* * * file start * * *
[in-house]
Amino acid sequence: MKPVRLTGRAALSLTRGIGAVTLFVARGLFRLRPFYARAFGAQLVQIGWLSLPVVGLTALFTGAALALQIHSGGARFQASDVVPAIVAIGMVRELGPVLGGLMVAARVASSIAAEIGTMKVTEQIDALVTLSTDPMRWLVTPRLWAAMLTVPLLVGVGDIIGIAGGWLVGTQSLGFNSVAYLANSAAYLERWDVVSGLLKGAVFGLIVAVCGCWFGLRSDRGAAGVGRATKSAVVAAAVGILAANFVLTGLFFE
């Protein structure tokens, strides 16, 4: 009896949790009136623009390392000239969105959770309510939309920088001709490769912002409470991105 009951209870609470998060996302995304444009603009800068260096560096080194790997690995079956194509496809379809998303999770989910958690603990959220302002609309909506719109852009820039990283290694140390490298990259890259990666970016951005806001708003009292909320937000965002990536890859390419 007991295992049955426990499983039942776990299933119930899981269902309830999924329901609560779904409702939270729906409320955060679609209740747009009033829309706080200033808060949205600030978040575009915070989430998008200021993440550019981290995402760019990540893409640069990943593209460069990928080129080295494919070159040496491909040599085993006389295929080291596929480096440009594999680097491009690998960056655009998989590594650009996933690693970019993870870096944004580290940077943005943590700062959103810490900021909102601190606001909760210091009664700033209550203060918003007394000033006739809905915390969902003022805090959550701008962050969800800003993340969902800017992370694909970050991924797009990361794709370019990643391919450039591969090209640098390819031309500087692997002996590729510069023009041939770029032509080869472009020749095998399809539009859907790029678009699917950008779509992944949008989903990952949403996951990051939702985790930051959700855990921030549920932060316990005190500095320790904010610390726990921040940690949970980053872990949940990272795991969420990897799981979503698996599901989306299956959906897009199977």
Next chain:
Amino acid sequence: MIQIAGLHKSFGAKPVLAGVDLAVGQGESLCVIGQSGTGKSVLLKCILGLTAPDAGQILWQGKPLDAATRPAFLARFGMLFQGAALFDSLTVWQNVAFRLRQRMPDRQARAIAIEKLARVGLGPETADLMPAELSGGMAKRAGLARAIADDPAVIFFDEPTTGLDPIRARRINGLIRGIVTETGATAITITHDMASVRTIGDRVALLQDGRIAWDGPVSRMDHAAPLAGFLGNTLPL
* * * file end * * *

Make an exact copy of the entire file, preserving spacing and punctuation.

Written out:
[in-house]
Amino acid sequence: MKPVRLTGRAALSLTRGIGAVTLFVARGLFRLRPFYARAFGAQLVQIGWLSLPVVGLTALFTGAALALQIHSGGARFQASDVVPAIVAIGMVRELGPVLGGLMVAARVASSIAAEIGTMKVTEQIDALVTLSTDPMRWLVTPRLWAAMLTVPLLVGVGDIIGIAGGWLVGTQSLGFNSVAYLANSAAYLERWDVVSGLLKGAVFGLIVAVCGCWFGLRSDRGAAGVGRATKSAVVAAAVGILAANFVLTGLFFE
């Protein structure tokens, strides 16, 4: 009896949790009136623009390392000239969105959770309510939309920088001709490769912002409470991105 009951209870609470998060996302995304444009603009800068260096560096080194790997690995079956194509496809379809998303999770989910958690603990959220302002609309909506719109852009820039990283290694140390490298990259890259990666970016951005806001708003009292909320937000965002990536890859390419 007991295992049955426990499983039942776990299933119930899981269902309830999924329901609560779904409702939270729906409320955060679609209740747009009033829309706080200033808060949205600030978040575009915070989430998008200021993440550019981290995402760019990540893409640069990943593209460069990928080129080295494919070159040496491909040599085993006389295929080291596929480096440009594999680097491009690998960056655009998989590594650009996933690693970019993870870096944004580290940077943005943590700062959103810490900021909102601190606001909760210091009664700033209550203060918003007394000033006739809905915390969902003022805090959550701008962050969800800003993340969902800017992370694909970050991924797009990361794709370019990643391919450039591969090209640098390819031309500087692997002996590729510069023009041939770029032509080869472009020749095998399809539009859907790029678009699917950008779509992944949008989903990952949403996951990051939702985790930051959700855990921030549920932060316990005190500095320790904010610390726990921040940690949970980053872990949940990272795991969420990897799981979503698996599901989306299956959906897009199977």
Next chain:
Amino acid sequence: MIQIAGLHKSFGAKPVLAGVDLAVGQGESLCVIGQSGTGKSVLLKCILGLTAPDAGQILWQGKPLDAATRPAFLARFGMLFQGAALFDSLTVWQNVAFRLRQRMPDRQARAIAIEKLARVGLGPETADLMPAELSGGMAKRAGLARAIADDPAVIFFDEPTTGLDPIRARRINGLIRGIVTETGATAITITHDMASVRTIGDRVALLQDGRIAWDGPVSRMDHAAPLAGFLGNTLPL